Minimum equipment lists (MELs), should be one of the simplest aspects of a Part 91 operator’s routine, but in fact, they can be some of the most confusing. Why? Well, much of the confusion stems from the simple fact that there hasn’t been an updated advisory circular (AC) for a long time. A lot has changed over the years.
“Today, with no advisory material written to aid operators in the creation of MELs, we’ve been essentially forced to use FAA inspector guidance material in 8900.1. Volume 4, Chapter 4, Sections 1 thru 4,” explained Tom Atzert, president of Leading Edge ATS. “Unfortunately, that material is vague in some areas and prone to individual inspector interpretation, leading to disagreements as to whether or not the MEL content was approvable or needed to be rewritten according to FAA findings/comments.”
“The current information doesn’t provide enough guidance for operators truly trying to grasp everything related to MELs.”
Greg Hamelink Director Business Travel Center for Whirlpool
“The current information doesn’t provide enough guidance for operators truly trying to grasp everything related to MELs,” added Greg Hamelink, director, Business Travel Center for Whirlpool. “There were many ambiguities with STCs, policy letters, and global change documents that should be addressed when the updated AC becomes available.”
To help provide better MEL guidance, the FAA introduced a draft of AC 91-67A and has accepted comments from Part 91, 133 and 137 operators.
“The FAA’s proposed AC provides more comprehensive and better direction for Part 91 on how to implement a MEL as part of their operations and be compliant with FAA and ICAO requirements,” said Brian Koester, CAM, and NBAA’s director of flight operations and regulations. “The FAA reinforced their belief that the original AC instructions for D195 and DO95 MELs met ICAO standards.”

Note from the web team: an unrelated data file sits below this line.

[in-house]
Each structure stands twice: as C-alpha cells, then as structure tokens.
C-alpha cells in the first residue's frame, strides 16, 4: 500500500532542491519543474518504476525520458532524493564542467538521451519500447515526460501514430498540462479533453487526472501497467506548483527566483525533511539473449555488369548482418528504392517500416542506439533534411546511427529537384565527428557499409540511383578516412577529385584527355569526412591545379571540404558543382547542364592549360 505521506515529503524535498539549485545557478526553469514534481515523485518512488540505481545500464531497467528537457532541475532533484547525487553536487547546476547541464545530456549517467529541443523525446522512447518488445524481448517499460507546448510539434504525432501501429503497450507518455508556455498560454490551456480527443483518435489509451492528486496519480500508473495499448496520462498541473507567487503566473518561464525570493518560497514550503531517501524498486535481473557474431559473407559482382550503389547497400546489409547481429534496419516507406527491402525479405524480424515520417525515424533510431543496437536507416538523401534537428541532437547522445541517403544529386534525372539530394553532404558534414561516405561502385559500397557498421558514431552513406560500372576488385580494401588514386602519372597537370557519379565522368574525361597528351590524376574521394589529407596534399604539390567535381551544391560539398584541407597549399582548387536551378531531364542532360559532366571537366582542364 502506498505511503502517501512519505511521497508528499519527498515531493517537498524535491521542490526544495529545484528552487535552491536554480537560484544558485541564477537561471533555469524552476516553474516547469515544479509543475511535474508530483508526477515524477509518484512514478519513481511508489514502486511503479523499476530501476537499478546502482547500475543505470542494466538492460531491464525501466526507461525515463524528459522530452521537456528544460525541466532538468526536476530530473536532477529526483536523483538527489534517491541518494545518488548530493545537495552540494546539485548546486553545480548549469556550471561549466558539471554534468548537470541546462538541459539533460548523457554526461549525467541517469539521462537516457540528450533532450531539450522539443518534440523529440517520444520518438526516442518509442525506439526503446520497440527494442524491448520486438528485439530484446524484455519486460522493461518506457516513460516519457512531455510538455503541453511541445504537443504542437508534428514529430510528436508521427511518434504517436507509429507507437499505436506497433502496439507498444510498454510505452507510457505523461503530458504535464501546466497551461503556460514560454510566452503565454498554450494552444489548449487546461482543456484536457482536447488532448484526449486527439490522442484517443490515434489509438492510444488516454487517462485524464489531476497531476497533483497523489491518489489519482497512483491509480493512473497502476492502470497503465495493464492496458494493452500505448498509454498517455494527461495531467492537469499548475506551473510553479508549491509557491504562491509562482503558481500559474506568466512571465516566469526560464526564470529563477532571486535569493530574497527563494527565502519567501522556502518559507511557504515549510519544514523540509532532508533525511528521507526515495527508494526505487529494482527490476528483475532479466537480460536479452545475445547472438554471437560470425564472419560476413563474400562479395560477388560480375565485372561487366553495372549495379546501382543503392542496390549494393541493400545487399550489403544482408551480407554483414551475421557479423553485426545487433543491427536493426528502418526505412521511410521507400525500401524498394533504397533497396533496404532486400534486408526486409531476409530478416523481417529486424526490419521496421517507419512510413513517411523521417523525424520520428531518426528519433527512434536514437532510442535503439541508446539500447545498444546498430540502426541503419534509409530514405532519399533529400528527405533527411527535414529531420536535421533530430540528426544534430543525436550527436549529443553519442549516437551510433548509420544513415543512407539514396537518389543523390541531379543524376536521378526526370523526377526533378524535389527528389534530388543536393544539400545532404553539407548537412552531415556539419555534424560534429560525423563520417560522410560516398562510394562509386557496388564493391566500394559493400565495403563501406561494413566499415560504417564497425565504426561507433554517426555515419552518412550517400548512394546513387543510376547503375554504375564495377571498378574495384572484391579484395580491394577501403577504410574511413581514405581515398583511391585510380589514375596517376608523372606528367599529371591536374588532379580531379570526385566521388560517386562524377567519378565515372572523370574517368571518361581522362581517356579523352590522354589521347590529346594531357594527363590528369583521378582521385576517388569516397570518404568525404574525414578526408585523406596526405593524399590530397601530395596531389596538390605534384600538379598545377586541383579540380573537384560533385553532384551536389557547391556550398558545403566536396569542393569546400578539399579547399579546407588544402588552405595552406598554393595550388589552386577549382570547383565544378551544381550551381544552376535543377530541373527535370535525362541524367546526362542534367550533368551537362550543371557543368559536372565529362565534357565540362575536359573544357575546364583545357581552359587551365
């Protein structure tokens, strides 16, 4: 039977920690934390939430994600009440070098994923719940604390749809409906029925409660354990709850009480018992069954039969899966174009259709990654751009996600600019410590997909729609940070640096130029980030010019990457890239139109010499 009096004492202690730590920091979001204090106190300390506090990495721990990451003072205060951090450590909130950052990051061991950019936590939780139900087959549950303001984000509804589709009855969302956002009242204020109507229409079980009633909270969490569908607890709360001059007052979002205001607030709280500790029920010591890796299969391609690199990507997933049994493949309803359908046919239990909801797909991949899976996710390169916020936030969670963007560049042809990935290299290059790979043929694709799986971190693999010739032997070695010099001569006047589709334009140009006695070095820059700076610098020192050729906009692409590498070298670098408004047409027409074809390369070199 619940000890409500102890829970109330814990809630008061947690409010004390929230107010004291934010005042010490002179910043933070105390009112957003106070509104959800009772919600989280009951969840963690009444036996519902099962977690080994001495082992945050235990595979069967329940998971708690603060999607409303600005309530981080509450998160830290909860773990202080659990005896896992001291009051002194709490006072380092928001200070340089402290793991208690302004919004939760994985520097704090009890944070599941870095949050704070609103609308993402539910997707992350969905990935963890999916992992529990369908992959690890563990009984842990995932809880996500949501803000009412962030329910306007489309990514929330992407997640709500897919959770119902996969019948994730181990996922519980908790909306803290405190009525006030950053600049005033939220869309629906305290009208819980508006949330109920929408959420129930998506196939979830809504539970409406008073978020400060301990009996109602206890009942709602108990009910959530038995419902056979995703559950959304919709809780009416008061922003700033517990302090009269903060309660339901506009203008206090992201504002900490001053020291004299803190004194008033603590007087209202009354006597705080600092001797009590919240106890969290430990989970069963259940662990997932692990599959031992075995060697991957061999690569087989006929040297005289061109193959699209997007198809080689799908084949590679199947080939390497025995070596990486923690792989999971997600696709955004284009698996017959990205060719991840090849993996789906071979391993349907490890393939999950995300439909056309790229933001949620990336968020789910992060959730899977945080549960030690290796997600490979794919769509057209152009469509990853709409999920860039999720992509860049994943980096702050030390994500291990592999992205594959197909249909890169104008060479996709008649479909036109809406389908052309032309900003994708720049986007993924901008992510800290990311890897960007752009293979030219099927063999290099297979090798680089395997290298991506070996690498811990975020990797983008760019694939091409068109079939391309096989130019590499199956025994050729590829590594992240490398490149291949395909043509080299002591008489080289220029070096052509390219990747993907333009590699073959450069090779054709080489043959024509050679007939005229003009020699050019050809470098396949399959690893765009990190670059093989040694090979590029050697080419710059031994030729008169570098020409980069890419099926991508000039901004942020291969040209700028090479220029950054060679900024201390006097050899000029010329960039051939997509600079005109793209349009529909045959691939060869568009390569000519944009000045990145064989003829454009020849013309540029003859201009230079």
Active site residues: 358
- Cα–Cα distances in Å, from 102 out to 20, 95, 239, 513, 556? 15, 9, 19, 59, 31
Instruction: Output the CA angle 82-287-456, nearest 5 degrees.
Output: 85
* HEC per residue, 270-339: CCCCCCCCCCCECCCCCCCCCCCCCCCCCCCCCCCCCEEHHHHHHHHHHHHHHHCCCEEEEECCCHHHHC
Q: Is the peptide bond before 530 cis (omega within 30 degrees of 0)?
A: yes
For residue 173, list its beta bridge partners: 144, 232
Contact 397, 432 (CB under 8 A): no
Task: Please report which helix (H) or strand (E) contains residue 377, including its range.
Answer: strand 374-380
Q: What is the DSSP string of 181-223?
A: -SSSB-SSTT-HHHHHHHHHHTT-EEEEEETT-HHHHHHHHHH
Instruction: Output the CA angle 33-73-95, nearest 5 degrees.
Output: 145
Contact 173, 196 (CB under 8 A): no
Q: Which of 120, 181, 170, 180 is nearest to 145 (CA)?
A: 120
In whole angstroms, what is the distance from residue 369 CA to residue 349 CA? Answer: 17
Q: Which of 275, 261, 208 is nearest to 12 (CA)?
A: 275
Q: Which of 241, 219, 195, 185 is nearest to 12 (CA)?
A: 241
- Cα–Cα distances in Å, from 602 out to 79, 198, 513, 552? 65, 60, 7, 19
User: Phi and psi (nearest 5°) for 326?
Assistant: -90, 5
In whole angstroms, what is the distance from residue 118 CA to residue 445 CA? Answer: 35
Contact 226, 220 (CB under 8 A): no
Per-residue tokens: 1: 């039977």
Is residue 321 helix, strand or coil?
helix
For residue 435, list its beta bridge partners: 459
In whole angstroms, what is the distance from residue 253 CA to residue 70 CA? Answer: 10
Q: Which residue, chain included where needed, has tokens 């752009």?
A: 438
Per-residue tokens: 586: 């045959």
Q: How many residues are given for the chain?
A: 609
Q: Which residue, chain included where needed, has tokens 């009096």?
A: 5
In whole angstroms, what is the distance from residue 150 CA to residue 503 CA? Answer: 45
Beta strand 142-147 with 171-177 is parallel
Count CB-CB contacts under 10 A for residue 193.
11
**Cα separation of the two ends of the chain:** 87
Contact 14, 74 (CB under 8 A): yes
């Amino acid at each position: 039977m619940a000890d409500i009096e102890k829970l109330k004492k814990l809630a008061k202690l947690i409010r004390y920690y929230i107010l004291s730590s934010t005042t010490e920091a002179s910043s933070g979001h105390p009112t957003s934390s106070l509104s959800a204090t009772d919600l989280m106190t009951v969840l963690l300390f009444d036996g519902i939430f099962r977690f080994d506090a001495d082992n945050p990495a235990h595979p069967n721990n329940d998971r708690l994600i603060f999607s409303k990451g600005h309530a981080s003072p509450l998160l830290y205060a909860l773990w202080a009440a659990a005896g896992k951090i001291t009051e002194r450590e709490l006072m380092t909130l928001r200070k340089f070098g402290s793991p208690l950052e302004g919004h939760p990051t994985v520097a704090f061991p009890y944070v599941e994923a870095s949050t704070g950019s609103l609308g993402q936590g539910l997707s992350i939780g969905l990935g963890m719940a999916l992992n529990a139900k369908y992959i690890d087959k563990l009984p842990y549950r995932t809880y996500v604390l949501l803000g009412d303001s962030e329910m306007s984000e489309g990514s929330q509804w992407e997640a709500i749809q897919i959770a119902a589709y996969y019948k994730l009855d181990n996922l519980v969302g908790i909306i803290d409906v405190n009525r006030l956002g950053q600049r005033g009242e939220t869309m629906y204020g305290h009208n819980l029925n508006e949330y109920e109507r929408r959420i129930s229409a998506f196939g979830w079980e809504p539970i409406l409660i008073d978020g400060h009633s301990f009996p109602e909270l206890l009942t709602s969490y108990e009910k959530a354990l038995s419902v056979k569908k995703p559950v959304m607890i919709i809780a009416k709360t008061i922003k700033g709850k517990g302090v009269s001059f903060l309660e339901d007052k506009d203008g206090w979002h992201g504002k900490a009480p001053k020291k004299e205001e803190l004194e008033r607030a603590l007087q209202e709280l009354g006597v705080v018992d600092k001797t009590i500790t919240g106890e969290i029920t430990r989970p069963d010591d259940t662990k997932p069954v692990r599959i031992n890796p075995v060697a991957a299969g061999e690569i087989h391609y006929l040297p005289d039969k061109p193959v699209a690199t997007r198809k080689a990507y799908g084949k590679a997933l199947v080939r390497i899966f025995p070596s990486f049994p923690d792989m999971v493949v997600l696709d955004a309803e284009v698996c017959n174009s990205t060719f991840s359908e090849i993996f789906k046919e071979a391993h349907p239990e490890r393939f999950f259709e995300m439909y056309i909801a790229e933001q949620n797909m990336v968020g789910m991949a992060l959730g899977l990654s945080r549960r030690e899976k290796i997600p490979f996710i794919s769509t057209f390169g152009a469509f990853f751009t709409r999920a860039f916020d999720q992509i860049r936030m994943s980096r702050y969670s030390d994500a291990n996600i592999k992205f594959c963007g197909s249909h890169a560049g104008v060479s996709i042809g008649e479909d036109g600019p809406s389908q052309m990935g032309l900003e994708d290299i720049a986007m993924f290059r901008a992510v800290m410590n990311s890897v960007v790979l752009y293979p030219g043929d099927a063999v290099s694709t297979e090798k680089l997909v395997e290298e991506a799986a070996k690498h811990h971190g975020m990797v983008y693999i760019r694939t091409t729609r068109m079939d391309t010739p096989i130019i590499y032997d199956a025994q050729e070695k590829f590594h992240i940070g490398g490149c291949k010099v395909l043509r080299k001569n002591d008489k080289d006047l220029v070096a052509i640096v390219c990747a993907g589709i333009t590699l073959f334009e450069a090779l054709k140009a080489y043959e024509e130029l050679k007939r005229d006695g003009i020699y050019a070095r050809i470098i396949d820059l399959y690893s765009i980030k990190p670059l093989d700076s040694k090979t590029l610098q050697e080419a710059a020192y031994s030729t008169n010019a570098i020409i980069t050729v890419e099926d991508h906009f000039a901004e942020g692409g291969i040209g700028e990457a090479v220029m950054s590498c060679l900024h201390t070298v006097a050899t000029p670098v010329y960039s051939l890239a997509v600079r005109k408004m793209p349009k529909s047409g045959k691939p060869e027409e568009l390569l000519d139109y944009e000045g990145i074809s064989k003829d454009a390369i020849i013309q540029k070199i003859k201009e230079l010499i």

“NBAA believes that both ways can be compliant,” he added. “And it’s important for operators to have all of the required components for a MEL in order to ensure they are.”
“The big-picture perspective with the AC 91-67A update was that the two MELs (D095 and D195) are available for Part 91 operators. This draft keeps both options, which provides continuity for operators,” Hamelink said. “One heartburn for international operators was a SAFA [Safety Assessment for Foreign Aircraft] performed in Europe was found not to have ‘approved’ MEL D195, but rather ‘accepted’ MEL D095.”
With regard to international operations, while both D095 and D195 LOAs will remain an option, D0195 is the best practice option for avoiding SAFA findings.
“The advisory material in AC 91-67A provides much-needed clarification of all aspects of specific MEL authorizing guidelines,” Atzert said. “It will improve both the quality of the MEL and streamline the FAA review and approval processes.”
FAA has concluded its process of gathering responses from Part 91 operators on changes to draft AC-91-67A regarding instructions for MEL lists.
NBAA is coordinating closely with the FAA, EASA, and NBAA Part 91 operator members to help create an updated AC that provides much-needed clarification of all aspects of a specific MEL and improves the FAA review/approval process.